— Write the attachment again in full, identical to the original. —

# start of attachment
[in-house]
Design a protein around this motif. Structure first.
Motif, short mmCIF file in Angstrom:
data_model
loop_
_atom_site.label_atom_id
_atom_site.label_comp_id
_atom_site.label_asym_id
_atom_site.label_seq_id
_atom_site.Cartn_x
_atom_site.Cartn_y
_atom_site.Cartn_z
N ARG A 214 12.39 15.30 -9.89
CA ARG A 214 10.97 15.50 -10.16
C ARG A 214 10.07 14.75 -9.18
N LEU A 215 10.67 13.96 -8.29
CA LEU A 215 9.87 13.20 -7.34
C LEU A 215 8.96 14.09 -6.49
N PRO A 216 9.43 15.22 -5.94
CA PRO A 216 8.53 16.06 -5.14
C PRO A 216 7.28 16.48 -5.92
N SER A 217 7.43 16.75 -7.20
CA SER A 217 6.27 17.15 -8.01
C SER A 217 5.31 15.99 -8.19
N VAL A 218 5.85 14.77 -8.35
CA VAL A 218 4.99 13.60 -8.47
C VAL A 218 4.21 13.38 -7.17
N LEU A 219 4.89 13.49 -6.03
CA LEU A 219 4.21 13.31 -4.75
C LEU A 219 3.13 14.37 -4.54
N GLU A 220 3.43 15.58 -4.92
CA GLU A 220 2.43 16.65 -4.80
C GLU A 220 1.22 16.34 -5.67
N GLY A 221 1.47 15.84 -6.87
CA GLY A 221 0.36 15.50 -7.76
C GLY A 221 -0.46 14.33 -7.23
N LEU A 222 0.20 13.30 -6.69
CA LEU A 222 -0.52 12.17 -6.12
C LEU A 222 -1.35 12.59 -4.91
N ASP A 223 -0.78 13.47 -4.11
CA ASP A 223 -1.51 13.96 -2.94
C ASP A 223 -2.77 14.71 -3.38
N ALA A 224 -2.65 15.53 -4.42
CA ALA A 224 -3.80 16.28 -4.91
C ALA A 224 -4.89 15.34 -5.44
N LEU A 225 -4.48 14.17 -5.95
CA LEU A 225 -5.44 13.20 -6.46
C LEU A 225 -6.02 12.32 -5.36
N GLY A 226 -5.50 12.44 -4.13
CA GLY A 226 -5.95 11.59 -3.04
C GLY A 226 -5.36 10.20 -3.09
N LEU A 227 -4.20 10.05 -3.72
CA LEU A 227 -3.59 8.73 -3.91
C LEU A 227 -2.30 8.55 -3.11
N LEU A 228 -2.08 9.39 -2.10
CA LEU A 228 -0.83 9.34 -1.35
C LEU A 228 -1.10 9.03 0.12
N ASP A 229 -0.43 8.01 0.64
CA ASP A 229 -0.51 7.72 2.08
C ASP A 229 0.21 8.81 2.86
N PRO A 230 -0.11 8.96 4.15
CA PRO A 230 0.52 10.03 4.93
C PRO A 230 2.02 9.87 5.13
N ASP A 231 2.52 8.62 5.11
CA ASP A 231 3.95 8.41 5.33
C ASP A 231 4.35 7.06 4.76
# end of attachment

[in-house]
Design a protein around this motif. Structure first.
Motif, short mmCIF file in Angstrom:
data_model
loop_
_atom_site.label_atom_id
_atom_site.label_comp_id
_atom_site.label_asym_id
_atom_site.label_seq_id
_atom_site.Cartn_x
_atom_site.Cartn_y
_atom_site.Cartn_z
N ARG A 214 12.39 15.30 -9.89
CA ARG A 214 10.97 15.50 -10.16
C ARG A 214 10.07 14.75 -9.18
N LEU A 215 10.67 13.96 -8.29
CA LEU A 215 9.87 13.20 -7.34
C LEU A 215 8.96 14.09 -6.49
N PRO A 216 9.43 15.22 -5.94
CA PRO A 216 8.53 16.06 -5.14
C PRO A 216 7.28 16.48 -5.92
N SER A 217 7.43 16.75 -7.20
CA SER A 217 6.27 17.15 -8.01
C SER A 217 5.31 15.99 -8.19
N VAL A 218 5.85 14.77 -8.35
CA VAL A 218 4.99 13.60 -8.47
C VAL A 218 4.21 13.38 -7.17
N LEU A 219 4.89 13.49 -6.03
CA LEU A 219 4.21 13.31 -4.75
C LEU A 219 3.13 14.37 -4.54
N GLU A 220 3.43 15.58 -4.92
CA GLU A 220 2.43 16.65 -4.80
C GLU A 220 1.22 16.34 -5.67
N GLY A 221 1.47 15.84 -6.87
CA GLY A 221 0.36 15.50 -7.76
C GLY A 221 -0.46 14.33 -7.23
N LEU A 222 0.20 13.30 -6.69
CA LEU A 222 -0.52 12.17 -6.12
C LEU A 222 -1.35 12.59 -4.91
N ASP A 223 -0.78 13.47 -4.11
CA ASP A 223 -1.51 13.96 -2.94
C ASP A 223 -2.77 14.71 -3.38
N ALA A 224 -2.65 15.53 -4.42
CA ALA A 224 -3.80 16.28 -4.91
C ALA A 224 -4.89 15.34 -5.44
N LEU A 225 -4.48 14.17 -5.95
CA LEU A 225 -5.44 13.20 -6.46
C LEU A 225 -6.02 12.32 -5.36
N GLY A 226 -5.50 12.44 -4.13
CA GLY A 226 -5.95 11.59 -3.04
C GLY A 226 -5.36 10.20 -3.09
N LEU A 227 -4.20 10.05 -3.72
CA LEU A 227 -3.59 8.73 -3.91
C LEU A 227 -2.30 8.55 -3.11
N LEU A 228 -2.08 9.39 -2.10
CA LEU A 228 -0.83 9.34 -1.35
C LEU A 228 -1.10 9.03 0.12
N ASP A 229 -0.43 8.01 0.64
CA ASP A 229 -0.51 7.72 2.08
C ASP A 229 0.21 8.81 2.86
N PRO A 230 -0.11 8.96 4.15
CA PRO A 230 0.52 10.03 4.93
C PRO A 230 2.02 9.87 5.13
N ASP A 231 2.52 8.62 5.11
CA ASP A 231 3.95 8.41 5.33
C ASP A 231 4.35 7.06 4.76